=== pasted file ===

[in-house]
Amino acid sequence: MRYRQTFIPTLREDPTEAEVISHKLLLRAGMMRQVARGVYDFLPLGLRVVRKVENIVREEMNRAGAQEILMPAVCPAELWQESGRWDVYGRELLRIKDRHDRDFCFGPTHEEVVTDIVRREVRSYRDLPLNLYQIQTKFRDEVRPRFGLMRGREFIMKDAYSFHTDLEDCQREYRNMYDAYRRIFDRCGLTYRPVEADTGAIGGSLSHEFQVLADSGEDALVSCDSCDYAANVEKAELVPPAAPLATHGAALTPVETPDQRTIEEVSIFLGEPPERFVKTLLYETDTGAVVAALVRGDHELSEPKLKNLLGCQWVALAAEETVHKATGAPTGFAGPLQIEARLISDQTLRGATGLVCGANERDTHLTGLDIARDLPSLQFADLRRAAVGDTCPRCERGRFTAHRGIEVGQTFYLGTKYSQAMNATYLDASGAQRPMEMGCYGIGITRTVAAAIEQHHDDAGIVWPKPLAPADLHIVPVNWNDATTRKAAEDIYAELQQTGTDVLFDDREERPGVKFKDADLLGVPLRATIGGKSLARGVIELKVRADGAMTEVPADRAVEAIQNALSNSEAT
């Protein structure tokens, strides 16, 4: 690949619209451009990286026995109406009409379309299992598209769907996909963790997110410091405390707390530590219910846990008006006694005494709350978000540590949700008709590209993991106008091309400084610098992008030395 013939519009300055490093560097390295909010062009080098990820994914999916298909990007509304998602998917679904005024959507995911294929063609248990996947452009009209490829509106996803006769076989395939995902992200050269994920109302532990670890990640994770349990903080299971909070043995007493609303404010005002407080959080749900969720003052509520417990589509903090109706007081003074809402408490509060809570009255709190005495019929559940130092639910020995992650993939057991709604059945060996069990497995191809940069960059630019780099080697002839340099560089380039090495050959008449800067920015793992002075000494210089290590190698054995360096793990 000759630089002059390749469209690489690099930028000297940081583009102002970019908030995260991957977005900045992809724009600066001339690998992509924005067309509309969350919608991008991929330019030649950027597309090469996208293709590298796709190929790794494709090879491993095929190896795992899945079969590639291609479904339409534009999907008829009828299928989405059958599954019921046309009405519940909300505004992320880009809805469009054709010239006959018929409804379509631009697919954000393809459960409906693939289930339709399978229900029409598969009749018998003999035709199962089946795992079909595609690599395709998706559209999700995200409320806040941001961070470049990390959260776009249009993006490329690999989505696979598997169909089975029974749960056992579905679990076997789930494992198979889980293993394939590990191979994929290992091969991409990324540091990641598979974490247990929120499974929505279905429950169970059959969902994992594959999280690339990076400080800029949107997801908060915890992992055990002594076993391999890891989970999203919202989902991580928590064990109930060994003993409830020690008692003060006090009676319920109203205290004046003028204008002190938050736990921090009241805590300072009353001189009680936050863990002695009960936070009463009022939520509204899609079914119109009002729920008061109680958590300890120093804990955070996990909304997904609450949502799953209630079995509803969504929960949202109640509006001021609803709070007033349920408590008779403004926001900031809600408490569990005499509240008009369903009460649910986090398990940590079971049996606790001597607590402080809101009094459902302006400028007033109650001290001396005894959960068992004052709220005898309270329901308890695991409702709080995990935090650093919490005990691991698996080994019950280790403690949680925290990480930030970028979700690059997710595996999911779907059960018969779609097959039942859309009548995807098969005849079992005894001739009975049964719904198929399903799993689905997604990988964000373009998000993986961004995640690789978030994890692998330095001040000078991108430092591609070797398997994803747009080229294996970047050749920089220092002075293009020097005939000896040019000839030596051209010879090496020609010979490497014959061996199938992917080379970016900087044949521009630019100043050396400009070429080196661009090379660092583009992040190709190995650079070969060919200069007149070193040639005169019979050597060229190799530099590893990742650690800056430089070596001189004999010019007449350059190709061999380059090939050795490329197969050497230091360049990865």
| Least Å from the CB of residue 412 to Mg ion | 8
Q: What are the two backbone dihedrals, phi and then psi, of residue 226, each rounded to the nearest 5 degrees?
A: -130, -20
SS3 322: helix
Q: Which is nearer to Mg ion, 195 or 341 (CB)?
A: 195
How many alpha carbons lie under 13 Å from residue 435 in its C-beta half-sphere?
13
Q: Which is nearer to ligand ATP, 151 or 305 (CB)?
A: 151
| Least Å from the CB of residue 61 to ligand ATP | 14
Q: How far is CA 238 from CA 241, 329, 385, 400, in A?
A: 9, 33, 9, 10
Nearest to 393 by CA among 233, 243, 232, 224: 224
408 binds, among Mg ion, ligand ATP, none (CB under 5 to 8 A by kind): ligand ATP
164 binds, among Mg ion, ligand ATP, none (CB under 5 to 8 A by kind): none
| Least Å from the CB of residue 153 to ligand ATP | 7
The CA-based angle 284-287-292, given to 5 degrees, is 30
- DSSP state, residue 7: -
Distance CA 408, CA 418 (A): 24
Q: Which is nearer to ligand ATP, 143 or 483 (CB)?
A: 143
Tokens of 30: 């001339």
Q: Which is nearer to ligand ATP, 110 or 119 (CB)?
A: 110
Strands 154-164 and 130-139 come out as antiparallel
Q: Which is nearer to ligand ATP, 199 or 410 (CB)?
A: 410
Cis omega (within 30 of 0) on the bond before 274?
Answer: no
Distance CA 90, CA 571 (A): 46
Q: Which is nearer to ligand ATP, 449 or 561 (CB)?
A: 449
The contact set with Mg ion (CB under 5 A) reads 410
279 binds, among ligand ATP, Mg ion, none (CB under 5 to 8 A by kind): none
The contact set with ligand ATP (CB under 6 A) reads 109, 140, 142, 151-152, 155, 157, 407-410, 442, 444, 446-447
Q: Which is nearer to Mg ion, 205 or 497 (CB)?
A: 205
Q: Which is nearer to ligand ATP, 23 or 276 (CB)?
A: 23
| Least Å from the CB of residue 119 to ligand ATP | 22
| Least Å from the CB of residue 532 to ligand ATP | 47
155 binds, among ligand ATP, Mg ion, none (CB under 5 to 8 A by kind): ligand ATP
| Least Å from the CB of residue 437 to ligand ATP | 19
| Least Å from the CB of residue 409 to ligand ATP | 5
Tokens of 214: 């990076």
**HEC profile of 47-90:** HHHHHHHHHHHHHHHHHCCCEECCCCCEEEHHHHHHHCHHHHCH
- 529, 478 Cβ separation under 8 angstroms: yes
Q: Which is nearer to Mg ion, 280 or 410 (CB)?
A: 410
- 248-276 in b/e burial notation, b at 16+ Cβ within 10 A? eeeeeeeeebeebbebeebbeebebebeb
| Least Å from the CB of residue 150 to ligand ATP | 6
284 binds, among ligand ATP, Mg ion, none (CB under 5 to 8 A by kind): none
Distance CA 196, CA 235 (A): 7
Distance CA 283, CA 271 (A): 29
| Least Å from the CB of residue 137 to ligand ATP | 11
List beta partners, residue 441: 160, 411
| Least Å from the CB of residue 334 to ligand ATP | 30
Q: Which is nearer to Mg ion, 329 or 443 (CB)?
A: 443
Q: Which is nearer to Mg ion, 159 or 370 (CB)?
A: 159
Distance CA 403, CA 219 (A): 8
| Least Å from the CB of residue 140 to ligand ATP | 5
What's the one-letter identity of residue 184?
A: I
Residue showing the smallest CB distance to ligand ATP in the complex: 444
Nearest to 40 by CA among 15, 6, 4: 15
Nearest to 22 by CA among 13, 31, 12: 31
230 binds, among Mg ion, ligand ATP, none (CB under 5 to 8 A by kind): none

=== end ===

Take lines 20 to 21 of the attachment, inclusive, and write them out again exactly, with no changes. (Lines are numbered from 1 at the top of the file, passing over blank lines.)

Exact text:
| Least Å from the CB of residue 153 to ligand ATP | 7
The CA-based angle 284-287-292, given to 5 degrees, is 30